Have you ever recognized someone but had trouble recalling their name? Or perhaps you've felt as if you had met someone before but couldn't place where? It turns out that this phenomenon is something that is quite common. It has to do with the way our brains are wired, and the ways in which we process visual information and non-visual information differently.
While I'm not a scientist, I do know from experience that the human eye can often identify visual patterns quite quickly. As an example of this, consider a bar graph with one marked outlier. If you look at the bar graph, you will likely identify this outlier fairly quickly. But what if I gave you all the empirical data in table form? It would likely take you far longer to identify the outlier, right?
There is a lesson in here for security, but not the one you might think. Visualization is often something on an organization's to-do list, and for good reason. Visualization is one of the most powerful approaches a security team can use to help make sense of vast quantities of data. But more often than not, organizations struggle to get the value out of visualization that they had hoped for. Instead of becoming one of the key tools for the security team, visualization often ends up as an afterthought relegated to a few monitors on the fringe of the Security Operations Center.
Why is this? To better understand what is going on here, we first need to take a step back and think about what we are trying to accomplish with visualization. In this context, visualization is essentially being used as an analytic. In other words, the human eye is being used as an analytical tool to better understand the data it is looking at, and to try and identify patterns or outliers in it. So what is causing the disconnect between the desired outcome and the reality of the matter?
As you might already know, analytics work best when focused on answering specific questions, or addressing specific use cases. For example, I'm sure you can appreciate the difference between trying to use analytics to find "something interesting" versus "privileged accounts that appear to be compromised." And therein lies the reason that most visualization efforts are so underwhelming. They are simply not aimed towards answering any particular question or addressing any particular use case.
What do I mean by this? Think about how most organizations approach visualization. Generally, these organizations take a bunch of raw, unprocessed data and represent it in any of a number of different types of graphs (e.g., time series, scatter plots, bar graphs, etc.). There is no focus here at all! If I were to ask these organizations the simple question, what are you looking to find with this visualization, they would most likely have no answer. Not surprisingly, the results of these visualization attempts almost always disappoint.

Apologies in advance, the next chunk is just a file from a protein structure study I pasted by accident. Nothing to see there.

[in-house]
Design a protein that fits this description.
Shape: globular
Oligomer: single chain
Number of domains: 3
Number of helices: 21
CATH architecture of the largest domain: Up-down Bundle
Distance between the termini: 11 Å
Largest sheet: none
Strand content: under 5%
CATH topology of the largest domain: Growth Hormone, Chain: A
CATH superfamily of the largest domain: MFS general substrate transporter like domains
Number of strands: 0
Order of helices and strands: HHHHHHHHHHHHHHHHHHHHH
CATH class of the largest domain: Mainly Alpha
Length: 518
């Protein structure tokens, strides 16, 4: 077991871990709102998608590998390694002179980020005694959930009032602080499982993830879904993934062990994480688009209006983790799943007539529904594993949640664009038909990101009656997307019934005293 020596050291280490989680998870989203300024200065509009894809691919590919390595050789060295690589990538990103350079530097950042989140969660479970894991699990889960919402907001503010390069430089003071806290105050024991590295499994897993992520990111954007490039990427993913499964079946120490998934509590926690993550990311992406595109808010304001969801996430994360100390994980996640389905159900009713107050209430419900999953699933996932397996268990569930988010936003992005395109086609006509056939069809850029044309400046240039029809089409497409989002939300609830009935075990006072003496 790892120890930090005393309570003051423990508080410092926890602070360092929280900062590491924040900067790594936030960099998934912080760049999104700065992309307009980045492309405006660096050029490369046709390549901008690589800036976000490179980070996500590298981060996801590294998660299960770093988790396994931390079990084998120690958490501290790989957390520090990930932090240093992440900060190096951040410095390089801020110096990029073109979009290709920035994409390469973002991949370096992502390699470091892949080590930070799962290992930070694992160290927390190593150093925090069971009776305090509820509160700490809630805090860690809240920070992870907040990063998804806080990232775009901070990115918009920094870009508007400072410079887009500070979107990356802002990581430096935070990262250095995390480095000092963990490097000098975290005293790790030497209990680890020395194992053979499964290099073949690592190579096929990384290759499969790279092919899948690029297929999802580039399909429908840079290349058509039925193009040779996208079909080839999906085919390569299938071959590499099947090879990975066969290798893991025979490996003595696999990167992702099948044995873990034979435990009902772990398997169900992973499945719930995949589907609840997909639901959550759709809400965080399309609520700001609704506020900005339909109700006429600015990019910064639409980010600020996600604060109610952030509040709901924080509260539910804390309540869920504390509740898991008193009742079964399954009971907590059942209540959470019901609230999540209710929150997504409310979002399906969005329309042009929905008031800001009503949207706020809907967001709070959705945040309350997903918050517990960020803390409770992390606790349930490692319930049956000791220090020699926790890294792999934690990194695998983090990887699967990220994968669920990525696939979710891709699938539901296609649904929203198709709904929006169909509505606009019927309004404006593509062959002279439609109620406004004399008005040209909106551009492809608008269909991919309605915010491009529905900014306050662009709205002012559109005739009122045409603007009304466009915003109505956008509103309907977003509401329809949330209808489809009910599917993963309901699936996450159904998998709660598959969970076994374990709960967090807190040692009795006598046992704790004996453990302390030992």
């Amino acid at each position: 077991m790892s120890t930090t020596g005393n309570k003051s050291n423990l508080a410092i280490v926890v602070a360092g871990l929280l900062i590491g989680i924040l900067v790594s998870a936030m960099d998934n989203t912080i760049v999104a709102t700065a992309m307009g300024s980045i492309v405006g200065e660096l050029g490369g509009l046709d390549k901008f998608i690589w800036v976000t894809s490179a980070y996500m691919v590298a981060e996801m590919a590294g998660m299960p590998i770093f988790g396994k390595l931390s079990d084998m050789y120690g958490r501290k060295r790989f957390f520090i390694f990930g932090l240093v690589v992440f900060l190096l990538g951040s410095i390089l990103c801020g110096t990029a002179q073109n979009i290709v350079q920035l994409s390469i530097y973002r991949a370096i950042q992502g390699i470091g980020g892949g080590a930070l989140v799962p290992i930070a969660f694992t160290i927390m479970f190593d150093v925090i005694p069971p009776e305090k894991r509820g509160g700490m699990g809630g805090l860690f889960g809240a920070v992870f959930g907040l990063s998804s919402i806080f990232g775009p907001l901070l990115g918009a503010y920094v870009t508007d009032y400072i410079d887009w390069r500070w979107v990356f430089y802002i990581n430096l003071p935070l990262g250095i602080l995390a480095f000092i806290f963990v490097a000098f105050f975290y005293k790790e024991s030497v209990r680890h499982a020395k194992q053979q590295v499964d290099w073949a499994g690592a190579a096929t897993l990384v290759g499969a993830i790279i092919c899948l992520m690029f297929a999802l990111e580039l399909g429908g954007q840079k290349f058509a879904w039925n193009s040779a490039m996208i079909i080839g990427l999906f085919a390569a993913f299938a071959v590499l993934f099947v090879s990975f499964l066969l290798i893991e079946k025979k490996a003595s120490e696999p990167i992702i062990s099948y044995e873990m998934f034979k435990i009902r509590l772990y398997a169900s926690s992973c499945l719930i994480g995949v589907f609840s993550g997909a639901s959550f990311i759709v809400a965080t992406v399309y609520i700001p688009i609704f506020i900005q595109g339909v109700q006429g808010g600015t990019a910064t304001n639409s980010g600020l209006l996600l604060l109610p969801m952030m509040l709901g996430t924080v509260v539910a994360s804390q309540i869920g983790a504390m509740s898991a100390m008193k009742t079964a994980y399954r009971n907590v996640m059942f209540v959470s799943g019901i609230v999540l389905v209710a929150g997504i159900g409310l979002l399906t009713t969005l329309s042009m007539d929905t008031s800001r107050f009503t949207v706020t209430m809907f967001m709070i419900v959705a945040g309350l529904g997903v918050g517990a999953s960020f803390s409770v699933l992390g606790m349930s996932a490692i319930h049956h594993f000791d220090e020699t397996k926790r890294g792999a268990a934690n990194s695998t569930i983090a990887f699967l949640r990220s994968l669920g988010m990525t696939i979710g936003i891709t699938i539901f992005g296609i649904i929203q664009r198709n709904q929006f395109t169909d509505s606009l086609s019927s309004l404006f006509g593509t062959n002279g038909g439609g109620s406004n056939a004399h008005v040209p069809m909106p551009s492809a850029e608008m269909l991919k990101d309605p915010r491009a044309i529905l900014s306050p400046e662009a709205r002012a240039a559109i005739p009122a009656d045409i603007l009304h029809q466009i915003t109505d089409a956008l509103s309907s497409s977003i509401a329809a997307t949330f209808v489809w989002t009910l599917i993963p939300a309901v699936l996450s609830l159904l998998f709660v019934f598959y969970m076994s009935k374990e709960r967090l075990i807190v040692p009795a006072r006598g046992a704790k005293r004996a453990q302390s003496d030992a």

What's missing from this approach to visualization are the right questions. Questions force us to pause and think about what we’re actually trying to accomplish. As an example, think about a case where we are interested in looking for callbacks to potential command and control sites that may not yet be online. When a system is infected with malicious code, it often calls back to a command and control infrastructure seeking further instructions. Sometimes, the command and control infrastructure is not yet online, or the attacker wants the malicious code to "sleep" for a period of time before activating it. If we look for this type of activity, we can sometimes identify malicious callback domains that may not yet be widely known (and thus will not match any known signature or intelligence source).
We will likely want to go to our DNS data for this example. Further, we need to filter the data to look for domain requests that return no answer over a period of time (say the last 24 hours). Lastly, we'll want to aggregate, by domain name, a count of the number of requests matching this criteria. If we visualize the data that results from asking this question of the data, we will likely have a wildly different visualization experience entirely.
Let's say we order by count descending and use a bar graph to visualize the data set. We may have some instances of a small number of requests for a given domain that return no answer. These could be mistyped domain names, or perhaps some type of a misconfiguration. But if we have infected systems exhibiting this type of behavior, we will likely see a higher number of requests for one or more domain names that return no answer. Our human eye will be treated to something it can process quite easily and use to identify outliers very quickly.
So you see, it's all in how you interrogate the data. Visualization can be a powerful tool, but you have to know how to use it properly. When looking to leverage visualization, it is helpful to first ask yourself the question "What am I looking for?" The answer to this question can guide you to interrogate the data using a variety of queries and pivots to get it into a state where the actual visualization can be successfully leveraged.
Get the picture?
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